When choosing a career, you should look into the demographics rather than the average income, because where you live is as important as what you plan to do. For example, a degree in urban planning might be lucrative if you live in a metropolitan area with a lot of expansion, but you may have a hard time finding employment if you live in Utah. Likewise, a career with an average annual income of $100,000 means the national average: if you live in West Virginia you probably won't find a position offering that much, but if you live in New York City there may be plenty of jobs at that wage.
You should also look at the cost of living for the area where you plan to live and work. While that job in West Virginia may only offer half the salary of the one in New York City, the cost of living may be so much lower that you end up with more disposable income because of the difference in housing and other expenses.
You should also examine the industry standards and requirements for your chosen field before deciding on a degree path. For example, most states require a teacher to have at least a bachelor’s degree as well as state certification; a similar position at a college will most likely require a master's degree. You can work as a nurse's aide with an associate degree and become a registered nurse (RN) with a bachelor's, but if you wish to enter administration, you'll need a master's.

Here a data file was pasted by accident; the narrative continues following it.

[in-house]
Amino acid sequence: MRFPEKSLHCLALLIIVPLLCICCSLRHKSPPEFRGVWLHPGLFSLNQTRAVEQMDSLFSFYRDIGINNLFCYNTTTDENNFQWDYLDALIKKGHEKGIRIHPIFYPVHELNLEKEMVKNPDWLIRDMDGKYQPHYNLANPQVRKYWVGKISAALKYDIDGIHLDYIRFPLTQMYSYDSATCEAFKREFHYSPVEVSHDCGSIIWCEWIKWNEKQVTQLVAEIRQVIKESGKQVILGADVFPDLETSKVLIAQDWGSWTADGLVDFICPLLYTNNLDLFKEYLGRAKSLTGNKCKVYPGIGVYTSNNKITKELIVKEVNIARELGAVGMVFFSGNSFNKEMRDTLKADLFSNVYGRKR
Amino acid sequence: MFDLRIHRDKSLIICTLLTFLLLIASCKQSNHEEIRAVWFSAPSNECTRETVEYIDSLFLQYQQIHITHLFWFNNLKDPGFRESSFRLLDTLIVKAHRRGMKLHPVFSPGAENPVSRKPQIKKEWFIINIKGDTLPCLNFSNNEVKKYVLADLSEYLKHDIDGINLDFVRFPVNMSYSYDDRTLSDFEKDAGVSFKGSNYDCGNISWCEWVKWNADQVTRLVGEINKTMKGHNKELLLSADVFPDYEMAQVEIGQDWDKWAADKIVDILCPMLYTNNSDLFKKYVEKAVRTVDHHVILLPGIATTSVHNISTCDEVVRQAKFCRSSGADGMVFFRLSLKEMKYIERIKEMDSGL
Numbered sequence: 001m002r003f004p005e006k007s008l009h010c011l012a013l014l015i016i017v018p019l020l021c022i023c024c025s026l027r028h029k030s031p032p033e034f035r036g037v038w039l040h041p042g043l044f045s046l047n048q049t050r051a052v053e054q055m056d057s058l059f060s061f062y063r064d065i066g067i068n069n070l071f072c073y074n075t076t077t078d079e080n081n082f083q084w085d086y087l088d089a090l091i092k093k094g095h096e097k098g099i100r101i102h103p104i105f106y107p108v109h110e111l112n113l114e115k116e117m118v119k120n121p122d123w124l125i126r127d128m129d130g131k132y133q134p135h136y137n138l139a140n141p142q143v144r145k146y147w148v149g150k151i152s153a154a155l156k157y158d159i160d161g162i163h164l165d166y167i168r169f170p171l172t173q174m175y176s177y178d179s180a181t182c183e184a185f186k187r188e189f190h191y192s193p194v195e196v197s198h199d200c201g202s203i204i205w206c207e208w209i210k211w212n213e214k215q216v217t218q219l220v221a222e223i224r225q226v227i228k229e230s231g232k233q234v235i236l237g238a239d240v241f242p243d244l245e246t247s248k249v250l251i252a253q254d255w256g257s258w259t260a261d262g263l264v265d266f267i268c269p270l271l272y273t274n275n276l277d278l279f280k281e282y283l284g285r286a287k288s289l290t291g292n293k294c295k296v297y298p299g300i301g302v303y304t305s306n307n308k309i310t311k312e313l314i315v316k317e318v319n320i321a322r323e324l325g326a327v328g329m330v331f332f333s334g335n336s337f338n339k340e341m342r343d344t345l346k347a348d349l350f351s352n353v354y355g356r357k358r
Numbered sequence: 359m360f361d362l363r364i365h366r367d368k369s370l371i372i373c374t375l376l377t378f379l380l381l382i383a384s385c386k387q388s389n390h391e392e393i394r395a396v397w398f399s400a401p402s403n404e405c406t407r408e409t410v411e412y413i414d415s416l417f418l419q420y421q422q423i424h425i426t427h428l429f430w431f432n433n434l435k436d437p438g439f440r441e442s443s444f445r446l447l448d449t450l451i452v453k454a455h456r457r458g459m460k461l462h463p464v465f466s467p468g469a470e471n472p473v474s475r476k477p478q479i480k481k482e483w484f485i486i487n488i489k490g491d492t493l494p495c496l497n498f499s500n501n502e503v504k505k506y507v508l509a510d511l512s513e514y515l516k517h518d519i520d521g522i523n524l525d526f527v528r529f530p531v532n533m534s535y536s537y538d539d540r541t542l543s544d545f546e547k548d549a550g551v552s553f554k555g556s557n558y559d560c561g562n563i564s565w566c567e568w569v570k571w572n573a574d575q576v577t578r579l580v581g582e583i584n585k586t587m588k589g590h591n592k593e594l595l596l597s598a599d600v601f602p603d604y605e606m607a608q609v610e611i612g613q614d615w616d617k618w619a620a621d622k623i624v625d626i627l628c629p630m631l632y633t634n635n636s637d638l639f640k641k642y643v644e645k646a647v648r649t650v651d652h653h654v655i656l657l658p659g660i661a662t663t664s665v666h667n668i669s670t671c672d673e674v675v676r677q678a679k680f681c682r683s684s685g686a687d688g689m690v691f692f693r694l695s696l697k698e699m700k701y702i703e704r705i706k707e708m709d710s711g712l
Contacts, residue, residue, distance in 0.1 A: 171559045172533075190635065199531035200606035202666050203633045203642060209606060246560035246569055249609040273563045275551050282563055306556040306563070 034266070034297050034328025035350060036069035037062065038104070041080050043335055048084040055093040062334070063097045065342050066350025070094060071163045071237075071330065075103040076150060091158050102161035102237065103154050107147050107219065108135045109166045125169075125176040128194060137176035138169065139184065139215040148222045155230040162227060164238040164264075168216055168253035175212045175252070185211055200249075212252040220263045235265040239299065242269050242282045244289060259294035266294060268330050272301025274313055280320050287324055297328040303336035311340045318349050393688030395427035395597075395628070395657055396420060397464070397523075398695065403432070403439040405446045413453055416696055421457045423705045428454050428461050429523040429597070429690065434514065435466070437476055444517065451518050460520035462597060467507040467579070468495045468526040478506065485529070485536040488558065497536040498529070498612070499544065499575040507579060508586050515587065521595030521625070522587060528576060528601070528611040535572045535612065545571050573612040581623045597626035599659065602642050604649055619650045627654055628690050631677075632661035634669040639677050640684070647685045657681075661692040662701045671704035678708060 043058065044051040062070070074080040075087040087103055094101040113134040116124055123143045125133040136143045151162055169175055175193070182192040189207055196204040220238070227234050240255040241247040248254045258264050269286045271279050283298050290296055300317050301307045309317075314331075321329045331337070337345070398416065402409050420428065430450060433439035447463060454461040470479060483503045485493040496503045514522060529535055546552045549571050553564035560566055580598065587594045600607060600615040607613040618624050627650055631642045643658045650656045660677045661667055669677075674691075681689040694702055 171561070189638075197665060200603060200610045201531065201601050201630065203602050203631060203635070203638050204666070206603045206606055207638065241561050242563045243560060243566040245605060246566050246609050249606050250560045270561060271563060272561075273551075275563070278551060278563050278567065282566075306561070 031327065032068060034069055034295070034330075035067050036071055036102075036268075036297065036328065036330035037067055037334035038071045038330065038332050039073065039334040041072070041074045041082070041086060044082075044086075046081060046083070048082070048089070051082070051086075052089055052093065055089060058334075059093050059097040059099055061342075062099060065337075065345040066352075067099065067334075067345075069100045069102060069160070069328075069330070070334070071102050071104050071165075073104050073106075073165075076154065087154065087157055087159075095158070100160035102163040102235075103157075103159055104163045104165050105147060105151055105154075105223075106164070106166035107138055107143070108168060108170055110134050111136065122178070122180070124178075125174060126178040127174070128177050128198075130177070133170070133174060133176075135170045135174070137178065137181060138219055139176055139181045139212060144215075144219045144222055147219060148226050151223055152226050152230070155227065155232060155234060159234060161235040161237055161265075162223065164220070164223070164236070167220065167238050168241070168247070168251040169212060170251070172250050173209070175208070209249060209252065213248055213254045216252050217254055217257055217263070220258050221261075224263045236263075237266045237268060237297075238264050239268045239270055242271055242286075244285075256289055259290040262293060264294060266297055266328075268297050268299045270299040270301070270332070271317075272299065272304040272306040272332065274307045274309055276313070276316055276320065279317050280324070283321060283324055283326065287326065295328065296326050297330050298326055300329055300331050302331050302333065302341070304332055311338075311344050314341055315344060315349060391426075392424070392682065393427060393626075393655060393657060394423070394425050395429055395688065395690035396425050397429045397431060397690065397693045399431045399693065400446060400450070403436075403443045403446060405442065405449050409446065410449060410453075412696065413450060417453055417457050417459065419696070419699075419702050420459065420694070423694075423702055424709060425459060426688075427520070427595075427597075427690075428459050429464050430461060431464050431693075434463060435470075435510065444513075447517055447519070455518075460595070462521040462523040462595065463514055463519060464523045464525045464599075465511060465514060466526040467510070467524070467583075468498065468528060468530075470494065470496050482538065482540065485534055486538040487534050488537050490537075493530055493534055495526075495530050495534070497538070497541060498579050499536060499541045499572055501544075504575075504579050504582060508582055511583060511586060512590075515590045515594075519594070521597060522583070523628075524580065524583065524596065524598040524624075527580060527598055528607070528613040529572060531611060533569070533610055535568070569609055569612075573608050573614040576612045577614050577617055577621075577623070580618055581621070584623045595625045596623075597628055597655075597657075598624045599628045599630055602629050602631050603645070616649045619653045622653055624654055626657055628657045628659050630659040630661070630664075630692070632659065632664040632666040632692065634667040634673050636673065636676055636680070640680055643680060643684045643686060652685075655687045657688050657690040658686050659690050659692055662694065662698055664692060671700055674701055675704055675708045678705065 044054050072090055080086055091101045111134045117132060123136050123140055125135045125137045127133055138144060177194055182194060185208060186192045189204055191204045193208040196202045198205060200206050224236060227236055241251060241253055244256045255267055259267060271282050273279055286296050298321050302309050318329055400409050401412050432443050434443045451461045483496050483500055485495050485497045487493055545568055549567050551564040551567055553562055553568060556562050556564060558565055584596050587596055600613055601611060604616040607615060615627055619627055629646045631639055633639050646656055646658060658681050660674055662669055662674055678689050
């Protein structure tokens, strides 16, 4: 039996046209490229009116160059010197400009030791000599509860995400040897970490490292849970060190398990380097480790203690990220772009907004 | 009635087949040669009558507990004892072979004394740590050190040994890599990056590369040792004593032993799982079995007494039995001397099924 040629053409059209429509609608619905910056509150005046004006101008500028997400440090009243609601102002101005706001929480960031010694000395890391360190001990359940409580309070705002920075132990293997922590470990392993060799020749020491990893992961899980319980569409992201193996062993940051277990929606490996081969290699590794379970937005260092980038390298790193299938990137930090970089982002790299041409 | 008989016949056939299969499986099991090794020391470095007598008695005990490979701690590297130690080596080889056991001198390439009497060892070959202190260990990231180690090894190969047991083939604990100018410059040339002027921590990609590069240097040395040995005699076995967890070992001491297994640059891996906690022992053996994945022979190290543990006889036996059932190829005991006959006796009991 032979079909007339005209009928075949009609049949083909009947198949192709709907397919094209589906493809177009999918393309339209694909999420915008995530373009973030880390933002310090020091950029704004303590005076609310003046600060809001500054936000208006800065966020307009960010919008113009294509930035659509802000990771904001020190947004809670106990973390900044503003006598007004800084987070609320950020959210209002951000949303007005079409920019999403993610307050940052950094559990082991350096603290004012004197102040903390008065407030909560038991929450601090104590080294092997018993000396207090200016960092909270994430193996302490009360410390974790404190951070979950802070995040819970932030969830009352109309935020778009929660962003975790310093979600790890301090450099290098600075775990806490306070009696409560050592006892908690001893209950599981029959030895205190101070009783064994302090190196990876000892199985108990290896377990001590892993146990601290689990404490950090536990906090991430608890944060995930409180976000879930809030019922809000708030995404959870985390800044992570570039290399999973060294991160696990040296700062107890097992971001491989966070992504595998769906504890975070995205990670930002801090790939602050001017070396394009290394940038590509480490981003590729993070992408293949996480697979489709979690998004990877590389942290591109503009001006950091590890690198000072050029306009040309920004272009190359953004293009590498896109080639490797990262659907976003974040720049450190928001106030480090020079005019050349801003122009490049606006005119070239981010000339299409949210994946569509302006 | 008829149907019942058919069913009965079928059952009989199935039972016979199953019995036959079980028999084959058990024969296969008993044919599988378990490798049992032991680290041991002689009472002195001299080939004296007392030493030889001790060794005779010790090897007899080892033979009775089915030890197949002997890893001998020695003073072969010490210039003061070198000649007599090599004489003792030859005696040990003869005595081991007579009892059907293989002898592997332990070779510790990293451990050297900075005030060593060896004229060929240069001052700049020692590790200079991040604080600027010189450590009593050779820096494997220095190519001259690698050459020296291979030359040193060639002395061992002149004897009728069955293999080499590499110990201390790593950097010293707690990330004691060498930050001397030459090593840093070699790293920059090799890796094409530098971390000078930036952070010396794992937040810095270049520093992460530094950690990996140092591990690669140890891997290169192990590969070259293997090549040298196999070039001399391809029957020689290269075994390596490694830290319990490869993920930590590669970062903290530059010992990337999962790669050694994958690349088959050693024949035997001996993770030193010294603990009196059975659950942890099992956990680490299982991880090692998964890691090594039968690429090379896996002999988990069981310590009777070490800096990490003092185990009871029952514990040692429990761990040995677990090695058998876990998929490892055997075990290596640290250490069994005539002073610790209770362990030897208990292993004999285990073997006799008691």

Some fields, such as counseling, require both a degree and experience to qualify for state licensure, And some fields, such as business, hold the master's degree as the preferred entry-level of education. Because you don't want to graduate and find that you have no job prospects, you should research your field in depth to know the entry-level, mid-career level, and late-career salaries, as well as the educational standards for each.
These degrees earn an annual median wage between $105,000 and $130,000.
These degrees earn an annual median wage between $40,000 and $52,000.